This is from a blog post by Professor Lucas Davis at his blog. In addition to the subject, that’s an interesting way of presenting a change over time I’ll need to think about: It seems the model could be used in other, more comprehensive ways. Note it’s really a matched pairs test, where each state is a candidate and its electricity use in 2010 is match with that in 2015. Even though the amount of electricity used by any individual state over time is a dependent quantity, electricity use of one state is more or less independent of that in another state. They might be dependent if, say, the United States economy crashed, or if it underwent a sudden boom.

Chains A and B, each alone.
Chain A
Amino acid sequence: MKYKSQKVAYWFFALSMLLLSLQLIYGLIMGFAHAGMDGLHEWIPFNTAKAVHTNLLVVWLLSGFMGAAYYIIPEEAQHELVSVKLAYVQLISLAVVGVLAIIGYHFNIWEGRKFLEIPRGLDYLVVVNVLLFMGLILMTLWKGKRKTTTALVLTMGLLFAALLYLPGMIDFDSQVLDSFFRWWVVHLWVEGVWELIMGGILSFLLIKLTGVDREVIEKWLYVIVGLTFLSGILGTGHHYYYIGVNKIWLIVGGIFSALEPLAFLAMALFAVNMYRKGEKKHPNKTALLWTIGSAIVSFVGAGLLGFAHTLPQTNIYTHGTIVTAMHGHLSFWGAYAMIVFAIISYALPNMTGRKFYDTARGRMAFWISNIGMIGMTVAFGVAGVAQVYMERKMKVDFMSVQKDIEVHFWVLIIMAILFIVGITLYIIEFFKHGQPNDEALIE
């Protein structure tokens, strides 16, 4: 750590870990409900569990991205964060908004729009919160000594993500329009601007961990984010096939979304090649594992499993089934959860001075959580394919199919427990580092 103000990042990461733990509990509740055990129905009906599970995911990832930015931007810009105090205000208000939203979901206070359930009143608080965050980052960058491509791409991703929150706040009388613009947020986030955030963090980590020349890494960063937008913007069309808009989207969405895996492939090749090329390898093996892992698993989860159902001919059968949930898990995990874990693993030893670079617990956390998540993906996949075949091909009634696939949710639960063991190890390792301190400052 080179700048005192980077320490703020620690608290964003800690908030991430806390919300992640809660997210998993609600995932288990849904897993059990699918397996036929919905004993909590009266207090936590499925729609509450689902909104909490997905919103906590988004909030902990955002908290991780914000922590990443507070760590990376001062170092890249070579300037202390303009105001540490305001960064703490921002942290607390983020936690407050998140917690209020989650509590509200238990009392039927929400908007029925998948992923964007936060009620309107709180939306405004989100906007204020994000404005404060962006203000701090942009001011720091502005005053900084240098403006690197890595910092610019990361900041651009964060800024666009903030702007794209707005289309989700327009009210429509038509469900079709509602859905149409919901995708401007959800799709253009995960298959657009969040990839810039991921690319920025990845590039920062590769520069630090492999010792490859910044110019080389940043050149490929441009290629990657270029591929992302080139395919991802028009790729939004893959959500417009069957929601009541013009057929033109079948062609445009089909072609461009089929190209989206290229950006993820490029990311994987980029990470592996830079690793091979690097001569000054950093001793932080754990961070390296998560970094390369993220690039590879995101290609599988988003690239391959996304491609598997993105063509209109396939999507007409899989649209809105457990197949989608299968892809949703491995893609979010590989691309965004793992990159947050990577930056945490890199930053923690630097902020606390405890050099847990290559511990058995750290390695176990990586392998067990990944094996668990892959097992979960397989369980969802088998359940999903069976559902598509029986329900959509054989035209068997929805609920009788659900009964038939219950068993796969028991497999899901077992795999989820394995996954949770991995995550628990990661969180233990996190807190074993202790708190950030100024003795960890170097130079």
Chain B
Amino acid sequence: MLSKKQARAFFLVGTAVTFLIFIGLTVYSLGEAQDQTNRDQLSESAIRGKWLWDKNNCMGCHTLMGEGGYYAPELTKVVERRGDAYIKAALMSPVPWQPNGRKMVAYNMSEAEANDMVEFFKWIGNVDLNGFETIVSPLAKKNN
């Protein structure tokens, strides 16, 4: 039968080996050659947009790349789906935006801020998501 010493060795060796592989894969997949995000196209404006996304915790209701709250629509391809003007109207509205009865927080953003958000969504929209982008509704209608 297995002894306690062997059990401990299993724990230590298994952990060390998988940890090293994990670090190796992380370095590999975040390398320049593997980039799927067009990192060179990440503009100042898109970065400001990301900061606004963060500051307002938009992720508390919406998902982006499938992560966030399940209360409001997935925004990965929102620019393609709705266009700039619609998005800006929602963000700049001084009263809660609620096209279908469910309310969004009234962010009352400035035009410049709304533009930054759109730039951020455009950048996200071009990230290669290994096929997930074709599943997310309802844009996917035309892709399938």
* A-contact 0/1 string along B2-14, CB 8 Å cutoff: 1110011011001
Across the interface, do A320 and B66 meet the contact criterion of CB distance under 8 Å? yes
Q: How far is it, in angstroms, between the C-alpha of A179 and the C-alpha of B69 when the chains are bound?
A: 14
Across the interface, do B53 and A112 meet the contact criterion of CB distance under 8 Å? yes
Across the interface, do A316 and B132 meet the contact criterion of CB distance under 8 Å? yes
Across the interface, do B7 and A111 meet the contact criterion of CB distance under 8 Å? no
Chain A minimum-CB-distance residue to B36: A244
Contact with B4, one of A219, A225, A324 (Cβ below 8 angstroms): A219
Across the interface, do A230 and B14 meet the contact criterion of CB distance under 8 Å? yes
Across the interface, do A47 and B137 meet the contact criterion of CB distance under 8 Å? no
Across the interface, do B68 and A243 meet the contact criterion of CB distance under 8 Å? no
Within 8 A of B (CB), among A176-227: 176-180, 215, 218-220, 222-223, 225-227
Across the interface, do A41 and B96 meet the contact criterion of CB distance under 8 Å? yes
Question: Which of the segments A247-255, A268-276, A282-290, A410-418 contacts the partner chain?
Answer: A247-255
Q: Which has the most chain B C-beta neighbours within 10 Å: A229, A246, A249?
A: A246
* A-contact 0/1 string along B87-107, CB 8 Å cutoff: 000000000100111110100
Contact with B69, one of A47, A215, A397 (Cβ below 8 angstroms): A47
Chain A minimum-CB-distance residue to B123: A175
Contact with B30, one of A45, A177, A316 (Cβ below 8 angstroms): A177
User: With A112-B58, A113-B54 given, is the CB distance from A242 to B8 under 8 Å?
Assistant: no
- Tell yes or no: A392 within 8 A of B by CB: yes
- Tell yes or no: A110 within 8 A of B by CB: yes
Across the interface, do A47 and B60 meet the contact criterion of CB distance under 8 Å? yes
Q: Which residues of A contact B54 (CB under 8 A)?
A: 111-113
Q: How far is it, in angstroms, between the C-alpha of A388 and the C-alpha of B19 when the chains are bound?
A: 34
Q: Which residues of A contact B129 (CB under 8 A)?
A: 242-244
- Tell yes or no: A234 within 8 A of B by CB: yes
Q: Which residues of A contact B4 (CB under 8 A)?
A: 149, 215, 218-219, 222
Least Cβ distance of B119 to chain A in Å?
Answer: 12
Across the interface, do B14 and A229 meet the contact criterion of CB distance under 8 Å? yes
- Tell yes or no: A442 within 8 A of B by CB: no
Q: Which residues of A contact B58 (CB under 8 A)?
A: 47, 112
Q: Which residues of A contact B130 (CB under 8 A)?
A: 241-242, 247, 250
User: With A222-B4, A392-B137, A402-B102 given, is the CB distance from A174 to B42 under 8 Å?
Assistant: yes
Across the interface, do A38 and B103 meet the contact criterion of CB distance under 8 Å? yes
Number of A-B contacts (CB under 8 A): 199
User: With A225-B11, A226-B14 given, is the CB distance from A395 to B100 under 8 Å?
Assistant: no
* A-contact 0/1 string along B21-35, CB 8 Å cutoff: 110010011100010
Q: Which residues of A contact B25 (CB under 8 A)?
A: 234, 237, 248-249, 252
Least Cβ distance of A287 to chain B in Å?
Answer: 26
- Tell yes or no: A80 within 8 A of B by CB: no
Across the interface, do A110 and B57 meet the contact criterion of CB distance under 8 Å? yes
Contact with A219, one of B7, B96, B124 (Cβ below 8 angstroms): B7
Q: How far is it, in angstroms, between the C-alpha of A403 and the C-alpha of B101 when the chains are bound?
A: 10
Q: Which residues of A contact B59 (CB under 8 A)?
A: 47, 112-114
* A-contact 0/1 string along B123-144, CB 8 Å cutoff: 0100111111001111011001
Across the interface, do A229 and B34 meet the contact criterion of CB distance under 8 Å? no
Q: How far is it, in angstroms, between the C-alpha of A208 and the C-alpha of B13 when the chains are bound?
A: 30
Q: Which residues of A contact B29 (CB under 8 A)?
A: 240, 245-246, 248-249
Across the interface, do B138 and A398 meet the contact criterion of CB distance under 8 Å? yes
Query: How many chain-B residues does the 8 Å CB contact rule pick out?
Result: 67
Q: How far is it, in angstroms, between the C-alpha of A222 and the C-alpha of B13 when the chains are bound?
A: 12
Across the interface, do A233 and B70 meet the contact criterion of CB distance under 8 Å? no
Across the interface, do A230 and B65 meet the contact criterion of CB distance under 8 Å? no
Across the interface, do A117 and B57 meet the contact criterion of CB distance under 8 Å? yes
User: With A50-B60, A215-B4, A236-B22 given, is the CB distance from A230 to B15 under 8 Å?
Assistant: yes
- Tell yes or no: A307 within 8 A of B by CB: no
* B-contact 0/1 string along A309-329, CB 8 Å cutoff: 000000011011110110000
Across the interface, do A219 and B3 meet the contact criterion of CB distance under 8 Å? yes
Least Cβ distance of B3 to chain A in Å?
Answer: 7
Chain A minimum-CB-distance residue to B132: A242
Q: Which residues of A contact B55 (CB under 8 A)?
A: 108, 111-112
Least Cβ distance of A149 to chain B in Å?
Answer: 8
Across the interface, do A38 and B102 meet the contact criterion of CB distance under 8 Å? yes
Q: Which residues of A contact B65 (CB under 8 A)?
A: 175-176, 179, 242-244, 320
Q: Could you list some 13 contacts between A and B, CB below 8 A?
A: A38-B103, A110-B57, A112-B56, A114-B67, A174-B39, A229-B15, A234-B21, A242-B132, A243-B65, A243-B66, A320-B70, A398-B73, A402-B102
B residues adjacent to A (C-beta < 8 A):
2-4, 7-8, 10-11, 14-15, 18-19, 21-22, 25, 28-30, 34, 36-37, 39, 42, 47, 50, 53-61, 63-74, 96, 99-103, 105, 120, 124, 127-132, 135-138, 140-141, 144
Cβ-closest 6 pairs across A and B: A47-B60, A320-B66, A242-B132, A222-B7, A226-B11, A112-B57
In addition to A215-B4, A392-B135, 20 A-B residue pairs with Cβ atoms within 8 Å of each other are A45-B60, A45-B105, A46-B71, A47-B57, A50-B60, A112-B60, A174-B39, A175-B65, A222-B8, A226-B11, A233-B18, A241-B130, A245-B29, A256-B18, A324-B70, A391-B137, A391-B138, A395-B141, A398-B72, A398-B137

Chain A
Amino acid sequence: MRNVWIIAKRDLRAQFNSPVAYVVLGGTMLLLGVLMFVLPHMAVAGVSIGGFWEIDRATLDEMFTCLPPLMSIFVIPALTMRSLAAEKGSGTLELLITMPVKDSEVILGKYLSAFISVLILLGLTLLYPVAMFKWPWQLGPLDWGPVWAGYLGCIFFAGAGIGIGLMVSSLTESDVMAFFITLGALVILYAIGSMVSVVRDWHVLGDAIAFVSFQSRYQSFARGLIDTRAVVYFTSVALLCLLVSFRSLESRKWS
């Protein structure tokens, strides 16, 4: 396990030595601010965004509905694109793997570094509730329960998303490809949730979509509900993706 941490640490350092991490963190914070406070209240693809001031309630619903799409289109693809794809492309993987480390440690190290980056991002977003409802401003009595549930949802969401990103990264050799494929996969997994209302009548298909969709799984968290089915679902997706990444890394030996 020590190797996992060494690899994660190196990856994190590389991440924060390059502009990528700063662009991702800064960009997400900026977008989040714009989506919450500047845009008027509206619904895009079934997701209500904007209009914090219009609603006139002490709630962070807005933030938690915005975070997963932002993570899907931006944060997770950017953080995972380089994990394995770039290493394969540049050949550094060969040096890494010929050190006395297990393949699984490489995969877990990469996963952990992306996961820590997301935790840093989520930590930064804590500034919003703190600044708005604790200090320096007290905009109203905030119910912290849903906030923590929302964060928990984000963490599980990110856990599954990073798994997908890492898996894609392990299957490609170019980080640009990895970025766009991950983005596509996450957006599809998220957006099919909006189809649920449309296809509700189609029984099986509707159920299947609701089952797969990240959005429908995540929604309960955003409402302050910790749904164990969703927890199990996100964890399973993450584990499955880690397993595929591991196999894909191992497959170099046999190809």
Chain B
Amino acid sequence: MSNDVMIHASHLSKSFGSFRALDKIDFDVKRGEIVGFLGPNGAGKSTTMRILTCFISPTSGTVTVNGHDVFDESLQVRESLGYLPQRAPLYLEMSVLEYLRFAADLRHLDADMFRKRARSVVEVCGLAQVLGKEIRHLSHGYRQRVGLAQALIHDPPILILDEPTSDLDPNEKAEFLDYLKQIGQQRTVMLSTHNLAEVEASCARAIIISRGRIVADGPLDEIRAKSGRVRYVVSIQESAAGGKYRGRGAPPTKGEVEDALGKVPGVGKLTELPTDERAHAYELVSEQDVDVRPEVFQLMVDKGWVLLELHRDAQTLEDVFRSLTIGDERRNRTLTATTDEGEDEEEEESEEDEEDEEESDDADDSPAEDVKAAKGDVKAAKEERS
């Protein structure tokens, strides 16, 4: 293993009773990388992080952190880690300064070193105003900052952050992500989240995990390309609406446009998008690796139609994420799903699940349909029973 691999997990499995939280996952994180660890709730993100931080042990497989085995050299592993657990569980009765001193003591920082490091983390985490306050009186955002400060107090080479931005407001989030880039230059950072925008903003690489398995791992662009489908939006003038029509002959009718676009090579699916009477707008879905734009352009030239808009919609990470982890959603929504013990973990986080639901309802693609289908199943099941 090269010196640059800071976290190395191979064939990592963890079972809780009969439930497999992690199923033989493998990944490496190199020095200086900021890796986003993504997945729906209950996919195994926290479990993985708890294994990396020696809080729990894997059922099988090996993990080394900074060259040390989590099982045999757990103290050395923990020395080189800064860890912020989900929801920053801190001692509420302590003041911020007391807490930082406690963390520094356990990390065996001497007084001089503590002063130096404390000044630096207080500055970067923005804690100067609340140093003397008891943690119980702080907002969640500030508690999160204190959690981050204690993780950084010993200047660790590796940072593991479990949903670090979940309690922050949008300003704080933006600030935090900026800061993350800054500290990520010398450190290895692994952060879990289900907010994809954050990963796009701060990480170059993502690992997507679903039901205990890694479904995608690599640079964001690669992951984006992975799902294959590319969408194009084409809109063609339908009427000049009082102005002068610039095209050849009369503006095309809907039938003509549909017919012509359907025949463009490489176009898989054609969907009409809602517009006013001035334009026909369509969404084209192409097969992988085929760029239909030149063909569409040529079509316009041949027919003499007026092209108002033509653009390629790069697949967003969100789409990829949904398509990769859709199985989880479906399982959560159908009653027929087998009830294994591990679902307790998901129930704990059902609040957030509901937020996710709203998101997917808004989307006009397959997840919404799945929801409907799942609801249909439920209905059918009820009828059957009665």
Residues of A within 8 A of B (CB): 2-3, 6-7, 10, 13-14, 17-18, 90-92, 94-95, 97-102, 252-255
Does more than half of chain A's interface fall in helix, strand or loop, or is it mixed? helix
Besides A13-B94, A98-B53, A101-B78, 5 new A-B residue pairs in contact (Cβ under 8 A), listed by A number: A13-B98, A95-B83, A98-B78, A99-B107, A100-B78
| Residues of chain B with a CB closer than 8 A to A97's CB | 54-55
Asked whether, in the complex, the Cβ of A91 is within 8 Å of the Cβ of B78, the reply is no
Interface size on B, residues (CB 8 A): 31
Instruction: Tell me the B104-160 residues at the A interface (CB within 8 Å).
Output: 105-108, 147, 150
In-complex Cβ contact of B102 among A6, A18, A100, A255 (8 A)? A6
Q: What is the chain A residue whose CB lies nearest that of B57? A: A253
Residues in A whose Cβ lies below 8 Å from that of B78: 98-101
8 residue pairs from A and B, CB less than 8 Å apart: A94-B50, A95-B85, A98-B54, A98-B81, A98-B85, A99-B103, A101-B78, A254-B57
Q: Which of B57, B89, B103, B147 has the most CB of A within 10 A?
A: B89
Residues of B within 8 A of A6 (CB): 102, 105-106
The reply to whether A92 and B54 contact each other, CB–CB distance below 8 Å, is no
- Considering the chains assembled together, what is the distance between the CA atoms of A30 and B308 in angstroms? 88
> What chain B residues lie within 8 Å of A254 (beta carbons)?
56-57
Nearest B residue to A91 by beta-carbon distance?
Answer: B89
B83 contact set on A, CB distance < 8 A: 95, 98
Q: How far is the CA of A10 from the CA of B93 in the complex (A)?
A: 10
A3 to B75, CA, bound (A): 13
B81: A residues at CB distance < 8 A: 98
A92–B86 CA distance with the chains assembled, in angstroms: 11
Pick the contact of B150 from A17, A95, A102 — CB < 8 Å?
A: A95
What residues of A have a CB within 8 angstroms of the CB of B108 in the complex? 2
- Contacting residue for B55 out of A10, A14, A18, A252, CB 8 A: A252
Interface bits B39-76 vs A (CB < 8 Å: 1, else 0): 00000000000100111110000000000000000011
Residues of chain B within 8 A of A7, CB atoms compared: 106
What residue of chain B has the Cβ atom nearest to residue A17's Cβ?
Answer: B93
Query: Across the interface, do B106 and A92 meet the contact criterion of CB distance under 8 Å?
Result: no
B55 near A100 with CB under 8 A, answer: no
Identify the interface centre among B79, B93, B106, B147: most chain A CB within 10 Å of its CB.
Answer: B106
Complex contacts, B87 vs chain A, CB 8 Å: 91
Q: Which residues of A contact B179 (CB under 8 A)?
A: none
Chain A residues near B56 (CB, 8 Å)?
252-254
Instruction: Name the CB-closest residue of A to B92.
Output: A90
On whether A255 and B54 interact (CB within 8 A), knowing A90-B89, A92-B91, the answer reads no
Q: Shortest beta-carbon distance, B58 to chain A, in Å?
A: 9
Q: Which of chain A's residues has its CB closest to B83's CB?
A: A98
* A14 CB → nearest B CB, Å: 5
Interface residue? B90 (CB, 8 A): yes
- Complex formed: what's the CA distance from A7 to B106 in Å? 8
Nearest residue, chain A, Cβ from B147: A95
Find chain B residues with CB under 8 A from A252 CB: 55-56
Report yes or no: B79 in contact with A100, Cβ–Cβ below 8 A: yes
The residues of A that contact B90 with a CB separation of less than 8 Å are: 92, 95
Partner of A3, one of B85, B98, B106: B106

About ecoquantSee https://667-per-cm.net/about
This entry was posted in American Solar Energy Society, American Statistical Association, anomaly detection, Bloomberg New Energy Finance, BNEF, bridge to somewhere, convergent cross-mapping, decentralized electric power generation, decentralized energy, demand-side solutions, dependent data, efficiency, EIA, electricity, electricity markets, energy, energy reduction, energy utilities, engineering, evidence, green tech, local self reliance, Lucas Davis, marginal energy sources, Massachusetts Clean Energy Center, model-free forecasting, multivariate statistics, public utility commissions, rate of return regulation, statistics, Takens embedding theorem. Bookmark the permalink.